Presentation or Conversation?

Auditory? Visual? Kinesthetic? How would you describe your learning style?

IMG_2195In a few weeks I’ll get to once again participate in a youth leader event that is different than any others. Open Seattle takes place on Saturday, October 26 at Seattle Pacific University.

One of the things I really like about the premise of Open is that it is geared to reach any and all of the three learning styles. Rather than being “spoken at” for 45 minutes to an hour, the speaker/facilitator of each session will engage his or her own material, but create an atmosphere that engages thought and conversation. Each 40 minute session closes with 10 minutes of interaction between any/all who are in that room. They’ll engage the visual, auditory learners will hear great stuff and perhaps some practical “lab activities” will take place for those hands-on (kinesthetic) learners!

At Open the leadership assumes that the speakers are not the only people with something to say! I love this.

There are about a dozen different options spread out over two different learning tracks (you can switch between the two as well), a long lunch break to engage deeper in conversation and the afternoon ends with something new called “Lightning Rounds” where any/all who attend  are given the opportunity to do their own “mini” session in 5 minutes or less!

I have the privilege of partnering with Adam McLane of the Youth Cartel and serve as “Local Host” for this event.

Snap from 2012 Open Seattle

Snap from 2012 Open Seattle

This is such a great opportunity to have your entire team trained. Seriously, one Saturday could supply your entire year of monthly trainings for your youth staff. Have a different leader assigned to take notes at a session of choosing and then divide them up over the course of the year and have them facilitate a staff discussion about these important teen-ministry issues!

Here is the website and registration page! Totally worth the $25 investment! In short, open is more of a conversation than a series of presentations! I hope you’ll join the conversation!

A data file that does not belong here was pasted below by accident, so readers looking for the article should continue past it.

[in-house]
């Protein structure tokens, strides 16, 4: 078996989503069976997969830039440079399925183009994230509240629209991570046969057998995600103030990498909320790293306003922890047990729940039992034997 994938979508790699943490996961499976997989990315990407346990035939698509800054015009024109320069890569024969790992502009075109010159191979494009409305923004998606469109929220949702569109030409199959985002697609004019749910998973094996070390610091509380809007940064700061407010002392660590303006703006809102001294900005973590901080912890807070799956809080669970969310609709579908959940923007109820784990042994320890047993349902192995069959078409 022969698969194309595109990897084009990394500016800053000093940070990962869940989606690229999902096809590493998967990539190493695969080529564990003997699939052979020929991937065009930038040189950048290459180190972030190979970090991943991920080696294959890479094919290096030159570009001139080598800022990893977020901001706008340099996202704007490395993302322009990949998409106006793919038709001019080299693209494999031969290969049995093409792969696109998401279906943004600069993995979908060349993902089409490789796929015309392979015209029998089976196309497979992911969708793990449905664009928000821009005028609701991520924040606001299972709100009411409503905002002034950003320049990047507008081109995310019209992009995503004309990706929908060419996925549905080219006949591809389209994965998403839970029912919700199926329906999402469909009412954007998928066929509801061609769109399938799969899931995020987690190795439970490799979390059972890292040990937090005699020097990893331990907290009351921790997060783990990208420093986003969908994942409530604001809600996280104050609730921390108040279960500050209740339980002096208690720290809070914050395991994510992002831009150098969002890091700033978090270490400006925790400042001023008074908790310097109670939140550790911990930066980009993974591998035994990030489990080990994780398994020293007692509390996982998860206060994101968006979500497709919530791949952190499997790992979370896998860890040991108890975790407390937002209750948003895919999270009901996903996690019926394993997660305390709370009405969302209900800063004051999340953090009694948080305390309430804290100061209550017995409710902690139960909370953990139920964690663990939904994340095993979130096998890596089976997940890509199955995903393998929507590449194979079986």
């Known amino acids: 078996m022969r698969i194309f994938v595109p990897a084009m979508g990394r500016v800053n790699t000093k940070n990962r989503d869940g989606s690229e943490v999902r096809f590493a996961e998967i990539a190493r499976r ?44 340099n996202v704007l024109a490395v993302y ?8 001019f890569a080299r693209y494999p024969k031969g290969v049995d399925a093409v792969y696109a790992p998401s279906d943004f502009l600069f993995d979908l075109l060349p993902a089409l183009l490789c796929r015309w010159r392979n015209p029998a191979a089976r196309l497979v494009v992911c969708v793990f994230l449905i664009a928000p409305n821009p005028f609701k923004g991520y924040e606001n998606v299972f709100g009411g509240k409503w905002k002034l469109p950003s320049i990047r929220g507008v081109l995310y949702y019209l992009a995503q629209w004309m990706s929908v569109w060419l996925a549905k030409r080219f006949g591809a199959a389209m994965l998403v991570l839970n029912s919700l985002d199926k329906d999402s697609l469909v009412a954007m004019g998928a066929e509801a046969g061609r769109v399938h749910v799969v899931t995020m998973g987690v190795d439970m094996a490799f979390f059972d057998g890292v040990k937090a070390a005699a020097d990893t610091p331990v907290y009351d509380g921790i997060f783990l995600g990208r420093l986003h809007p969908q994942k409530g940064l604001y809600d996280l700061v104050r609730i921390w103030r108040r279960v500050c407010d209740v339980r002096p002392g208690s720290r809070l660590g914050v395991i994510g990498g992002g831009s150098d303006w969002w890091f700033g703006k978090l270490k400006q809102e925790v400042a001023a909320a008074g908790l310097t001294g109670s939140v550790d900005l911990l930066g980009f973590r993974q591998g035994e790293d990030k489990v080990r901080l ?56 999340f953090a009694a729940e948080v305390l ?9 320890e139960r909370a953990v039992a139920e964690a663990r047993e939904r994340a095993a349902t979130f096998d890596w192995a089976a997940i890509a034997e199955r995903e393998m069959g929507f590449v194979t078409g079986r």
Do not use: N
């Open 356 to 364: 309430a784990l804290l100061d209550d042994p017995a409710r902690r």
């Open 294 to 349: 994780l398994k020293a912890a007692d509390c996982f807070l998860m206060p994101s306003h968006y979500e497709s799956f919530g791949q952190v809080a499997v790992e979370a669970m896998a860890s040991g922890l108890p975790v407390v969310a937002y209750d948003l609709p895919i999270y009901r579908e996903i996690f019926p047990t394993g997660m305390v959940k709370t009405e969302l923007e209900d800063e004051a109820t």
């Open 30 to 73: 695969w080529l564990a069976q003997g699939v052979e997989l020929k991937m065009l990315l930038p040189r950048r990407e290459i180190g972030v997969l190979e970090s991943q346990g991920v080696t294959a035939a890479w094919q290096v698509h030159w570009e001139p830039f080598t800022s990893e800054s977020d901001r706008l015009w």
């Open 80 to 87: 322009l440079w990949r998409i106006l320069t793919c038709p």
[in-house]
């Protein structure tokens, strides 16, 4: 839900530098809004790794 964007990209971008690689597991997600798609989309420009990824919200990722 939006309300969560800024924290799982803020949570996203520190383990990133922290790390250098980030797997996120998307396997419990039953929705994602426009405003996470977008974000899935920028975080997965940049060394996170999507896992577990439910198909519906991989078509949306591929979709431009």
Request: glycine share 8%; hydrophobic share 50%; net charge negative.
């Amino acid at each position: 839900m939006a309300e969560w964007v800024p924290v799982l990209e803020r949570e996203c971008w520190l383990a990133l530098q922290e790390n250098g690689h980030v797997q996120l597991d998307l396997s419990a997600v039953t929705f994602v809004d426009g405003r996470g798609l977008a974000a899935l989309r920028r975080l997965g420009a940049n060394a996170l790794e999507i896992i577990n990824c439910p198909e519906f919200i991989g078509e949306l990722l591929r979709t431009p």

4 thoughts on “Presentation or Conversation?

  1. This is a great event. I have trained myself to be an auditory learner, thanks to podcasting and audio books, but I am a active individual too. I’m not sure of my complete learning style, but I love the discussions that take place at Open Seattle. It’s very invigorating.

  2. Sounds great! My problem with discussion workshops though is that they often become dominated by the audience asking questions that are specific to their situations. I went to the SYM conference last year and attended the Jon Acuff session because it was on a topic that I was very interested in (and it’s Jon Acuff!) Out of his 10 or so points he only got to #2 because the audience discussion just dominated the entire workshop.

    I know there is value in discussion, but there is a time when I’m in the room to hear from the speaker and not so much of the audience.

    1. DJ, I know the way that I lead in these types of sessions is not to allow for “everyone listen to the one person” but I get people to discuss in groups of 3-5 for 2-3 minutes and then the wrap up at the end is open to all. But rest-assured, the speaker still gets through his or her material at Open. Or at least this was the case last year and I know that is what we’ve put out there as the hope/expectation! Thanks for the comment!

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